Robot vacuums may seem like mindless suction machines with wheels. But today, “basically these devices are like smartphones,” Dennis Giese, PhD student at Northeastern University who researches robot vacuum security, said. From internet capabilities to video recording to voice control, robot vacuums have become an advanced Internet of Things technology, but the security upkeep hasn’t caught up.
“You don’t have any insight, what kind of data they’re recording, what kind of data is stored on the device, what kind of data is sent to the cloud,” Giese told Engadget. That might seem harmless for a device that sweeps your floors, but the real-life consequences have already taken effect.
Like in 2022 when the iRobot Roomba J7 captured private moments including photos of a woman on the toilet that the company sent to startup Scale AI to label and train AI algorithms. Amazon, which has experienced countless surveillance and data privacy scandals, is currently attempting to acquire iRobot for over $1.4 billion.
With all these features, robot vacuums can act as a surveillance system in your own home, meaning there’s a world where someone can access live view functions and spy on you. Companies can say this information is secure and only used when needed to improve your experience, but there’s not enough transparency for reviewers or consumers to figure out what’s actually going on. “People like me are catching the companies basically lying,” Giese said.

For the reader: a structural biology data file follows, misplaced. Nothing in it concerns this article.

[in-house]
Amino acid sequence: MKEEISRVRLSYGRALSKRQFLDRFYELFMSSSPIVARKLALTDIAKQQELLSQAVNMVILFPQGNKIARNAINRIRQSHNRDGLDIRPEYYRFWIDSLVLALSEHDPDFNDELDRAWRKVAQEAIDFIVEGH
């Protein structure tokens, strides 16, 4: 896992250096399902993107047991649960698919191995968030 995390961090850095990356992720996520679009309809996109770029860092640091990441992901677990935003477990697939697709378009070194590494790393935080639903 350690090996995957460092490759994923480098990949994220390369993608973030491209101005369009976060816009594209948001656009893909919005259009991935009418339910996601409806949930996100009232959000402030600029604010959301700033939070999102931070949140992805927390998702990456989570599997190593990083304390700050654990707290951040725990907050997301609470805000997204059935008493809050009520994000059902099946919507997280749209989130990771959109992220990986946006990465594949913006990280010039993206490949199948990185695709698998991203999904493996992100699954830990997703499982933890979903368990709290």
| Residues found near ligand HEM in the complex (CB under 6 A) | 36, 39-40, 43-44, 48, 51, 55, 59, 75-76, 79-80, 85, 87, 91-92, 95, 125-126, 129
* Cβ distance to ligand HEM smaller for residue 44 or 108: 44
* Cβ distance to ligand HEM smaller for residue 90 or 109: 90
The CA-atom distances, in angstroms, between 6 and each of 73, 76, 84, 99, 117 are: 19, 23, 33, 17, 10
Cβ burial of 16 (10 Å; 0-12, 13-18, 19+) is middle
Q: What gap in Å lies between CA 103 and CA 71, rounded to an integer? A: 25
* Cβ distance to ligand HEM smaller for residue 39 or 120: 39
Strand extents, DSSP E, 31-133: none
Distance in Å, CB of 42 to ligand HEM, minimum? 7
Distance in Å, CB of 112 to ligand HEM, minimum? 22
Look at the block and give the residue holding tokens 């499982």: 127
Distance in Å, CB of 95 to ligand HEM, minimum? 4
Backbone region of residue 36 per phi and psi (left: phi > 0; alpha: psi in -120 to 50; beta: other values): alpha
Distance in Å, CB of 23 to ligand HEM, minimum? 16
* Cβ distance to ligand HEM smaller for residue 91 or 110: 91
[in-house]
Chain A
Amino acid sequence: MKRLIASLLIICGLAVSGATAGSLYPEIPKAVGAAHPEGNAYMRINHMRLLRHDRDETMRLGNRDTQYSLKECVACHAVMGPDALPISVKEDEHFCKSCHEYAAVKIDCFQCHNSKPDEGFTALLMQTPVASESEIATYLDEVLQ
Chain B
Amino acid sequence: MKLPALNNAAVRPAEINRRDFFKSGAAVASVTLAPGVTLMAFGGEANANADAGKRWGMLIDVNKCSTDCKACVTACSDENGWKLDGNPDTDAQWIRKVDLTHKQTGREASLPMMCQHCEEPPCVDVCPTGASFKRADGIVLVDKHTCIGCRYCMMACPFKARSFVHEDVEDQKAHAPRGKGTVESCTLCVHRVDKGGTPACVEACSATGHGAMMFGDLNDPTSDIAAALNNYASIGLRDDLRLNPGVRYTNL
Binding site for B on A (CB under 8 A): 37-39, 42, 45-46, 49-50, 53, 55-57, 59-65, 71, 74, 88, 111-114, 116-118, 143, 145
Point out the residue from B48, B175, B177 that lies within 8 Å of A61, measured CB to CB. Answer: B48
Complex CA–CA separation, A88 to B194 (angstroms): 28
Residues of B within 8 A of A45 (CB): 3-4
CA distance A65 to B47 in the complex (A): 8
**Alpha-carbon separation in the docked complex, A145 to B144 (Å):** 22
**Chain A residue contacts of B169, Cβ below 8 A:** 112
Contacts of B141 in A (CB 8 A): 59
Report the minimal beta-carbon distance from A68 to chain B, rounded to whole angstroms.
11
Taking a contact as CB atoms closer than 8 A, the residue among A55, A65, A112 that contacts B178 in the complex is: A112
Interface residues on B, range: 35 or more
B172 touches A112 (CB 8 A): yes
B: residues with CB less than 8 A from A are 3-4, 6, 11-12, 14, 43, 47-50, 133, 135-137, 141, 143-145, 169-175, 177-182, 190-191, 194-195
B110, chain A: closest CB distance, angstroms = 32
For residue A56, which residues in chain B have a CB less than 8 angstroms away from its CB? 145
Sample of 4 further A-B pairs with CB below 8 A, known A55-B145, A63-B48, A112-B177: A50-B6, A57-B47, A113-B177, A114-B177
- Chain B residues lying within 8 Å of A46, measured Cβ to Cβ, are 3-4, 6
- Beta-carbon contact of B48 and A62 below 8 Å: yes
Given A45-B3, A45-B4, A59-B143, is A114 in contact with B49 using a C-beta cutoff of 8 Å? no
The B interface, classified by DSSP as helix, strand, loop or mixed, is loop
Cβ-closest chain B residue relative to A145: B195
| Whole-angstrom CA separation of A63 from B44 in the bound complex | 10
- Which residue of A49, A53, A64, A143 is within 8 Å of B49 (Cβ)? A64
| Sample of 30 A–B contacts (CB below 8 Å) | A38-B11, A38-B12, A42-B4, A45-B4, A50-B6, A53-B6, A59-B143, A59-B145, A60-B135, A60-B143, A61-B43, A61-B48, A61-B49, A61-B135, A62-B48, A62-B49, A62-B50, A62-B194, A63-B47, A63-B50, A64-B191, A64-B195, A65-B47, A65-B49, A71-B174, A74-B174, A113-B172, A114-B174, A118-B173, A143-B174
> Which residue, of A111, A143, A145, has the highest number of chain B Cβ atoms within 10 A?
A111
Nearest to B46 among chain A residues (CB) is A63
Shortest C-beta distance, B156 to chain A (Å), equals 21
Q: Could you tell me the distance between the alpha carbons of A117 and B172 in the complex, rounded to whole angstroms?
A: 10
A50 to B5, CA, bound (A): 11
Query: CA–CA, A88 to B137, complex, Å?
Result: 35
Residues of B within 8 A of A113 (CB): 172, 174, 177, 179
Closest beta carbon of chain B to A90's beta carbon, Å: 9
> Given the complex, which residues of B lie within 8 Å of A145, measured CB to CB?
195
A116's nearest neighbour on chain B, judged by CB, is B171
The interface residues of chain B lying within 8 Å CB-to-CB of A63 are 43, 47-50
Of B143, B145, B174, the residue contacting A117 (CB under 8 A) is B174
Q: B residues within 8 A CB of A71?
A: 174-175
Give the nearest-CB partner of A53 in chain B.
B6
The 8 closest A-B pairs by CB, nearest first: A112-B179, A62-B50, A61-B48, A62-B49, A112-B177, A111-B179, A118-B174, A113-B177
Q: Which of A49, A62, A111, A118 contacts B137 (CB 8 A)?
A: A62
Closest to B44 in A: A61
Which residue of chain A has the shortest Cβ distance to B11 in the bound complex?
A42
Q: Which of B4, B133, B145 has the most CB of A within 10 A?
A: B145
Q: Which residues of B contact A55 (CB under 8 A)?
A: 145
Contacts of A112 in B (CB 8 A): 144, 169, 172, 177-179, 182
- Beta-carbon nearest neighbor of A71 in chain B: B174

So, Giese is on a mission to give people more control over the robot vacuums in their homes because every device he’s tested has some sort of vulnerability. He spoke at DEF CON on Sunday about how people can hack their devices to disconnect from the cloud. Not only does this help protect your data from being used by the company, but it also gives access to the device so that you can repair it on your own terms. The “right to repair” ethos means that even if the warranty ends or the company goes bankrupt and stops supporting it, you can still use it.
Unfortunately, hacking into your robot vacuum’s firmware isn’t for newbies. It requires a level of technical expertise to figure out, according to Giese, but owners of robot vacuums can take steps to improve on-device data security. What you can do is make sure that you wipe all of the data before selling or getting rid of a robot vacuum. Even if the device is broken, “as a malicious person, I can just repair the device and can just power it on and extract the data from it,” Giese said. “If you can, do factory resets.”
Or, for full data privacy control but none of the convenience, stick to the standard push vacuum.